Right from the get-go, The 5th Wave gives you an instant feeling of déjà-vu. Yes, you’ve seen this movie trope SO many times before in The Host, Divergent, The Hunger Games, The Puppet Masters, Independence Day, War of the Worlds, Battle: Los Angeles, Ender’s Game, and countless others based on YA novels. Ya think someone could write something new and fresh, but nooooooooooo!
This time around, the damsel-in-distress is Kick-Ass‘ own Chloë Grace Moretz, who plays Cassie Sullivan, a 16-year-old who gets swept up in yet another alien invasion and has to rescue her younger brother, Sammy (Zackary Arthur) from the dumbest aliens in the galaxy after their parents are killed. Y’see, these “Others” as they’re called, arrive in massive ships (looking suspiciously like the Battle: Los Angeles crafts) and bombard our planet with waves: earthquakes, planetary EM pulses wiping out all electricity, and escalating bird flu. This takes out most of humanity, but for the rest who manage to survive, there’s a surprise.
The Others decide to mentally inhabit (like in The Host) just the adults in order to kill off the remaining few! Why just the adults? Beats me! How do they even do this? I haven’t a clue! Anyway, somehow local Wright-Patterson Army base was exempt from the EM pulse and starts combat training JUST kids and teens (like in Ender’s Game or Divergent) to kill the aliens that have invaded the human world. You may start unintentional laughing when you see an 8-year-old girl in full combat gear carrying an M4 rifle that’s bigger than she is.
Meanwhile, as Cassie is on her way to Wright-Patterson to meet her brother there (they got separated), she is nearly killed by an alien sniper. Thankfully, she’s rescued and nursed by a local farmer and, I’m guessing, male model Evan Walker (Alex Roe). Naturally she falls for this beyond handsome guy and together they head for the Army base, but (spoiler alert!!) it turns out that yummy Evan is, in fact, part alien! But, wouldn’t cha know it? He’s in love with Cassie and decides to switch sides, helping her destroy the evil Army base and rescue her little brother.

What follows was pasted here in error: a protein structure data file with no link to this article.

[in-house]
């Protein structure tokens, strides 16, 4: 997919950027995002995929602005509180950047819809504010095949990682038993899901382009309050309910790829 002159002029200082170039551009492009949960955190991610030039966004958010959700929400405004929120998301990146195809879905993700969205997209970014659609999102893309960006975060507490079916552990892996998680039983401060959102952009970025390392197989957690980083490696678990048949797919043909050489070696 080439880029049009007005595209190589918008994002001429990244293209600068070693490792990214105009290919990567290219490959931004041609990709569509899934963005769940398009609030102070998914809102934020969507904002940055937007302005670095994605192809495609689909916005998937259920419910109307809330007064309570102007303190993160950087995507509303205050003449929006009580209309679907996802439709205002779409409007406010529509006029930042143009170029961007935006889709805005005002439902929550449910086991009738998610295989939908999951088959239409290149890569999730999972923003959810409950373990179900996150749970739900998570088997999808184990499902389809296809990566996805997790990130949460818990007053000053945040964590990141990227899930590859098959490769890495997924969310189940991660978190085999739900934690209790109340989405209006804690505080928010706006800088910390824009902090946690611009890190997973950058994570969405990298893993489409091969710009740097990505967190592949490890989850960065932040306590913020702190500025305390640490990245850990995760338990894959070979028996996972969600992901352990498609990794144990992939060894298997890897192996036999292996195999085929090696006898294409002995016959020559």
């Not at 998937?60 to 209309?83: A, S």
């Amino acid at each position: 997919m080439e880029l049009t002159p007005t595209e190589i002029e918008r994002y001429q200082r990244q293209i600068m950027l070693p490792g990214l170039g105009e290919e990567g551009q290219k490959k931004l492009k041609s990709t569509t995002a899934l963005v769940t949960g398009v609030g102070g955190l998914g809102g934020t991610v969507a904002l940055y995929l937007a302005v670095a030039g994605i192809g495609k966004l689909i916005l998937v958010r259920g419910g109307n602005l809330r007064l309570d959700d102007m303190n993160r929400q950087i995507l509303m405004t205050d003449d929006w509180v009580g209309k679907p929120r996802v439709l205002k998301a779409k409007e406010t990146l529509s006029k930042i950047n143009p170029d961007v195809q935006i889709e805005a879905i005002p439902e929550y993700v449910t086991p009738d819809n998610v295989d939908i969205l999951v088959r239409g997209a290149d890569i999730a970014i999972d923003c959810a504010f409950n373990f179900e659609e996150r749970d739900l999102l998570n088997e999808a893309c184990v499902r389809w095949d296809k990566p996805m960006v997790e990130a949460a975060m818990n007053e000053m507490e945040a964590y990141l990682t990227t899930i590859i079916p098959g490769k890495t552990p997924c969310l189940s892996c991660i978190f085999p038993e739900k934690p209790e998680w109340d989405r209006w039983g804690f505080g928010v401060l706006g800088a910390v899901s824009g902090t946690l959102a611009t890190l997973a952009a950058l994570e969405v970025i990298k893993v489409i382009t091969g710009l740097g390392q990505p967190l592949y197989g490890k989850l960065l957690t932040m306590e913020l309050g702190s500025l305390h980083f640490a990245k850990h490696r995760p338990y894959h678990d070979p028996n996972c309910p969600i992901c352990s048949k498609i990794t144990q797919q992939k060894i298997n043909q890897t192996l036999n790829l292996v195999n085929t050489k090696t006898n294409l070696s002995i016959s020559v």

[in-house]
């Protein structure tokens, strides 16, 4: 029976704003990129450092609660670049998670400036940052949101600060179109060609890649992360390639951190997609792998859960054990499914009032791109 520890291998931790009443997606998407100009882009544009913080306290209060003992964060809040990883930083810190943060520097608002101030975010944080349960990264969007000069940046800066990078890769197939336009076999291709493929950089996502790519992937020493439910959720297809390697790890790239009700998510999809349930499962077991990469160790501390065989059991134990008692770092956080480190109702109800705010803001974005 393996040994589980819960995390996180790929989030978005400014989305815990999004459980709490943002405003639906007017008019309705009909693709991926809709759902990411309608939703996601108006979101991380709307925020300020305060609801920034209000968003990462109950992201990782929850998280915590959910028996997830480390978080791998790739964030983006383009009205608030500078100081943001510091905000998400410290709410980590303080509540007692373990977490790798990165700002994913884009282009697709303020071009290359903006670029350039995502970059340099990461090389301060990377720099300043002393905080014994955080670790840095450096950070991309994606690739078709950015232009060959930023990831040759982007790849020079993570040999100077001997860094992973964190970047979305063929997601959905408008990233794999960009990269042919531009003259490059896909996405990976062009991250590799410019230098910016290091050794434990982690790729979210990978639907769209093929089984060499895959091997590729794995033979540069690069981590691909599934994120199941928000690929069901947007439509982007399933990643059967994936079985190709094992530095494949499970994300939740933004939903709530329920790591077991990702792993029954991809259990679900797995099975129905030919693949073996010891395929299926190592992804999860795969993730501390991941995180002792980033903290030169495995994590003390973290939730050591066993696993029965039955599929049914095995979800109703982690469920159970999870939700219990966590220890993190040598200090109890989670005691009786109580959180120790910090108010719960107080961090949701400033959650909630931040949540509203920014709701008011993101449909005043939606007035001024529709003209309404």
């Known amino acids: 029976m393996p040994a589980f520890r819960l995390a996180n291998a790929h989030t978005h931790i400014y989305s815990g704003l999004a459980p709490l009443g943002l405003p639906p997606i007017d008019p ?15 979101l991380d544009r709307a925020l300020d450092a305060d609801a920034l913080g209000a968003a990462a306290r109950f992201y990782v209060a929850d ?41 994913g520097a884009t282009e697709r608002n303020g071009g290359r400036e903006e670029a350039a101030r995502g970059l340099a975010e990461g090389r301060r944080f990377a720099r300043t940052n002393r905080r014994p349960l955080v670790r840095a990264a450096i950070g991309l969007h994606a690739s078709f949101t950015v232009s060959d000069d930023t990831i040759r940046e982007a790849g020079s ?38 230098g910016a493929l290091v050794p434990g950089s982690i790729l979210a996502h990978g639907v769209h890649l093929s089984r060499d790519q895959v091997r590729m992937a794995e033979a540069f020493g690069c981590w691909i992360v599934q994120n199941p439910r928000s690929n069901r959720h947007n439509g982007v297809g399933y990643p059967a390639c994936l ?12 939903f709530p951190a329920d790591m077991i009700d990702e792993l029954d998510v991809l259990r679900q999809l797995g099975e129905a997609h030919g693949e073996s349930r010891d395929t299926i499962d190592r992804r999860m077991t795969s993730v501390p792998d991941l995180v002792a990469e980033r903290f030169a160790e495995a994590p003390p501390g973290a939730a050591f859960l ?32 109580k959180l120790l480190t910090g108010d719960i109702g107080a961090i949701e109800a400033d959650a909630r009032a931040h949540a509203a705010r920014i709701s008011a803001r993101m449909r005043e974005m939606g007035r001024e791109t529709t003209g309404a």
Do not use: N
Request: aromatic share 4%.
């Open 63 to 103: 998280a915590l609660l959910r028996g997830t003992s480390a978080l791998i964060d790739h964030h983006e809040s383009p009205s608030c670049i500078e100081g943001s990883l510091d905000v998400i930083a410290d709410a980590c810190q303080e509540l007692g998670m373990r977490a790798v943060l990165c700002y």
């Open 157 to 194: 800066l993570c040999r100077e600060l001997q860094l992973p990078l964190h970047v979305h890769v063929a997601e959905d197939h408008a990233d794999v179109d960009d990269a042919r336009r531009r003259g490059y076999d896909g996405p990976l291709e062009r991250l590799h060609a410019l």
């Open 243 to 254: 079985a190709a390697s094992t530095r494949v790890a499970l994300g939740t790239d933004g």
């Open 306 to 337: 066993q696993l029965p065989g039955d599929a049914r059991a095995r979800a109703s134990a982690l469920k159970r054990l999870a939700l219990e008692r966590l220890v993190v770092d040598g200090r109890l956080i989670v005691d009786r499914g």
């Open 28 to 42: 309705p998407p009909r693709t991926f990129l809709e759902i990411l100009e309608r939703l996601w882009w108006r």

Then there’s a secondary story running in the background of Cassie’s schoolmate and heart-throb, Ben Parish (Nick Robinson), called ‘Zombie’, because he survived the bird flu. He becomes his Army squad leader under base commander, Colonel Vosch (Liev Schreiber). He has the hots for rebel bad girl, Ringer (Maika Monroe), but she just wants to fight. Their group is sent out to kill aliens, but while in battle they find to their horror, that the REAL aliens are their own Army leaders back home!
With a completely ridiculous and implausible ending, the movie leaves it open for a sequel (PLEASE! NO!). I was routing for the aliens to win and they were doing everything wrong! What kind of advanced alien tech dishes out earthquakes, global EM pulses, human mind control, but has no weaponry?? What, you guys don’t carry laser guns or bombs or anything?!
This whole movie wreaks of dumbness. Seriously, did a 14-year-old write this? Screenwriters Susannah Grant, Akiva Goldsman, and Jeff Pinkner took Rick Yancey’s popular YA novel and dissolved it into a mindless cartoon with utterly laughable dialoge and nonsensical scenes. I almost walked out on this, which I rarely do, that’s how bad it was. Starship-sized plot holes, unemotional development, terrible ensemble acting, just plain boring “seen that before” plot and characters, and a waste of Schrieber and Moretz’s talent.